cd: I think today's social media allows for a more democratic—maybe even a socialist—influence on storytelling. But despite this wave of digital production, I don't think we've yet started to see the storytelling, the writing, and the acting fully embrace what it's capable of. Networks and distributors are still all about how to make a buck and have high ratings. The stuff that the millions of Facebook, Twitter, and social media users like or comment on rarely makes it to any screen! I don't see many media majors truly racing to embrace people like Emma González and what she represents in their shows. But I do see younger people using this as a way to communicate.
kh: Your work references different forms and genres. How does genre specifically offer a different way of representing your concerns?
cd: People are still focused on dramatic storytelling about problems from the past. The present still points backward. Science fiction and fantasy, on the other hand, point forward but somehow are never filled with queers, people of color, or trans or gay folks. Isn't this odd? Future fictions are what we should focus on. Fill the future!
I consumed Octavia Butler long ago, and many other queer and of-color sci-fi writers such as Samuel Delany. Their “future fictions” give agency to us all, no matter your race, class, or gender. Maybe that's why the Star Trek and Star Wars franchises are so popular: they attempt to embrace a future filled with creatures. So I'm strategically conceptualizing how to put ourselves in the future instead of the past to see if that will guide us to different kinds of visibilities and possibilities. Right now I'm working on Black Is Blue, but I would love to adapt an Octavia Butler novel. And there's Nola Hopkins, who is much more queer, and of color too. But I want somebody who is not questioning the future, but making it. I think you can't go wrong with imagining a utopian queer future; you just have to show up.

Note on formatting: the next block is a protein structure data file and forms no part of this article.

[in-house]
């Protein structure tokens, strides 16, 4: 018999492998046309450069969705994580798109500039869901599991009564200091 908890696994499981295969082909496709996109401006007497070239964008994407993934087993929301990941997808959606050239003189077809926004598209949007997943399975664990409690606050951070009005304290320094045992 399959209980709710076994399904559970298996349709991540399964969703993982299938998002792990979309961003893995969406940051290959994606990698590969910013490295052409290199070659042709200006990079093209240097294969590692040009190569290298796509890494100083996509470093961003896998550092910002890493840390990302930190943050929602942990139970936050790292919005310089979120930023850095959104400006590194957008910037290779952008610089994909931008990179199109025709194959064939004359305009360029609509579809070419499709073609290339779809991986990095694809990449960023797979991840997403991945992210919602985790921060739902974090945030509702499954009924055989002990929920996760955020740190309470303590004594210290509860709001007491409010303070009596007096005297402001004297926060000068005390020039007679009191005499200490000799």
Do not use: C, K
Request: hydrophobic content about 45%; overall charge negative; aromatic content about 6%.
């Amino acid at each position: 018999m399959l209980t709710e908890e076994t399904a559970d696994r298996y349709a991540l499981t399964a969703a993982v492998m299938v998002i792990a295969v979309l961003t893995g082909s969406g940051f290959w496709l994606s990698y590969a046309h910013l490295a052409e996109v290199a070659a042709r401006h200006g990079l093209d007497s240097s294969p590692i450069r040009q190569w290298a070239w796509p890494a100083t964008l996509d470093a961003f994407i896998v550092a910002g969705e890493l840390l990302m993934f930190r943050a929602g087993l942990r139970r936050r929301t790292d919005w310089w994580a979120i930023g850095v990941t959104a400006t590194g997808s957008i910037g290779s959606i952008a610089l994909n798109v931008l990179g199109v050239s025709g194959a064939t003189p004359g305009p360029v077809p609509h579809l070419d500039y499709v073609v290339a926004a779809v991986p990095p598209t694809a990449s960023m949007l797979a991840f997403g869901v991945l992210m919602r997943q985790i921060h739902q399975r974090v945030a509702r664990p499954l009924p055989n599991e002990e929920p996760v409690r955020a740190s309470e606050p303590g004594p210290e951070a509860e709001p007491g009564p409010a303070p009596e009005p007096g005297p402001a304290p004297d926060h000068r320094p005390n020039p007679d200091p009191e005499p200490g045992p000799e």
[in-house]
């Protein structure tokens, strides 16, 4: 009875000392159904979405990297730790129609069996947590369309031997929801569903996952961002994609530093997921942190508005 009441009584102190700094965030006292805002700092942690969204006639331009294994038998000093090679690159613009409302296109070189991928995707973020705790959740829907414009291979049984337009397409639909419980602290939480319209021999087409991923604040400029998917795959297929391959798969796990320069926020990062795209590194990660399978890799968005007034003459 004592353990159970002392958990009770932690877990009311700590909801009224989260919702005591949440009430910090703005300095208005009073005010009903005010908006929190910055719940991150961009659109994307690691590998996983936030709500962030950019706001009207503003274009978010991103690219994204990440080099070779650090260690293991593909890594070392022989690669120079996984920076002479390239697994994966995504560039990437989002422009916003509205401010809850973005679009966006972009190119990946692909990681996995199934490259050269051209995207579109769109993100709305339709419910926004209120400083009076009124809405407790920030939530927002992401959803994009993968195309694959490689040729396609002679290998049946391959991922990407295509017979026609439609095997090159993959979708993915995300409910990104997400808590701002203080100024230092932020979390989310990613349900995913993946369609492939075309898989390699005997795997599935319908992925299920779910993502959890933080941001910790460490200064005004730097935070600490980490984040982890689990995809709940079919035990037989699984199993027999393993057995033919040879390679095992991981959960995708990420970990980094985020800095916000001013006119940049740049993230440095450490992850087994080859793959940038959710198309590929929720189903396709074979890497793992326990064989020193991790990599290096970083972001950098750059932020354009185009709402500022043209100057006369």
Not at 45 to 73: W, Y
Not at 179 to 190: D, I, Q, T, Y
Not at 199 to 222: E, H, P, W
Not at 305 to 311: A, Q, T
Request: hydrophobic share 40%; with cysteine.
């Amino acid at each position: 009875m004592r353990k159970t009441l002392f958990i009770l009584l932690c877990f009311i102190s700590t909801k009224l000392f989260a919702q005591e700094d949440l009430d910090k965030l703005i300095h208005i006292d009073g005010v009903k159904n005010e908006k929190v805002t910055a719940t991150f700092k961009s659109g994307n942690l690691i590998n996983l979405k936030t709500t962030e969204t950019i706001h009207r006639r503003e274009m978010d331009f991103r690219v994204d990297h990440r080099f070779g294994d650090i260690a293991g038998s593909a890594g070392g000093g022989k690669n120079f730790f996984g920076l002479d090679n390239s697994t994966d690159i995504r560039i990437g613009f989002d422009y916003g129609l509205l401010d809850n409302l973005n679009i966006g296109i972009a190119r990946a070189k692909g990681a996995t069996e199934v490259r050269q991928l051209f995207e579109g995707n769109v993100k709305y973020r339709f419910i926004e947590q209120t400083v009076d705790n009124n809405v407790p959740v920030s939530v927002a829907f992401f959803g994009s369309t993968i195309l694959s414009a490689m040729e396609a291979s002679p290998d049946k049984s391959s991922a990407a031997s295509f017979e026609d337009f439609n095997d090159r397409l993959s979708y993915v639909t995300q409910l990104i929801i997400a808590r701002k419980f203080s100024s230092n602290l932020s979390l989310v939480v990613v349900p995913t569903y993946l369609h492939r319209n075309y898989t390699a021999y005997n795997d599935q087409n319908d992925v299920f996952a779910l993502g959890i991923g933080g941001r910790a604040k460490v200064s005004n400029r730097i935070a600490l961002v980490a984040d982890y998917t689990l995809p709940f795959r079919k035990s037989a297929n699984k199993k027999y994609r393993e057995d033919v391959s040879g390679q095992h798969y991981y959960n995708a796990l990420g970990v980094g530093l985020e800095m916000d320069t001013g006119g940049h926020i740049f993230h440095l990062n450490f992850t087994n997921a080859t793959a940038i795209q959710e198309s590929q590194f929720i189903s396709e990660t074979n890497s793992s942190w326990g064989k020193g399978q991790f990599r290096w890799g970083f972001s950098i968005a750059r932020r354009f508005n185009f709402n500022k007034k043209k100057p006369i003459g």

ta: What are your biggest concerns in terms of representation at the moment? You say that you don't necessarily seek to change the world, so how does the political moment confirm your work nowadays?
cd: I was formerly looking at the work from the point of view of a more commercial and Western world. Now I'm aware of a world that is not just Western, that is not only North American. Having had many experiences, having traveled and seen many more lives and identities of people around the globe, has made me think about the different possibilities, the infinitum, that I need to strive toward. That's why Black Is Blue is written like it is-not limited to a causal connection but broadened out to a possible speculation of what the world could be. I'm still using commercial tools and mechanisms, but I'm using Black Hollywood, Black television, Black characters, Black film worlds, and Black narratives to push beyond current frames. I'm using the current table, and not jiggling it too much from what we already have ingrained in our world.
The grain hasn't changed. I think that people have sanded it down a bit, but I don't think I've gotten to the beautiful wood beneath it all yet, so I'm still helping sand us by rubbing across the grain with what I do. It's just that it's bigger, and it's not an immediate fix. I once thought I could create a future of women of vision. Now I don't want to necessarily have that same vision. I want to drop things and let other people use them, more so than for my own good. I think I have a very comfortable space now, you see, directing episodic television, and with some visibility, and I'm comfortable with that. I love being able to influence younger people to do things—you know, having kids who are doing it, or immediate family. I don't want to tell you what to do with it so much anymore. I still want to leave the door open, not necessarily to my own narratives but to new kinds of creative practice. I'm trying to leave a bigger stamp on creativity than what's inside the boundaries of narrative or the experiment.
kh: In relation to this, how important is framing of character to you when you're trying to capture the idiosyncrasies of a story? I'm thinking of series like Transparent (Prime Video, 2014–18) or I Love Dick (Amazon Video, 2017–18), with their breaking of the fourth wall to engage directly with the struggles of trans and queer identities.
cd: In those shows, characters are not having to question their identity so much, particularly their sexual identity. I think race is important, but class is the most important thing to question right now. The world is out of balance.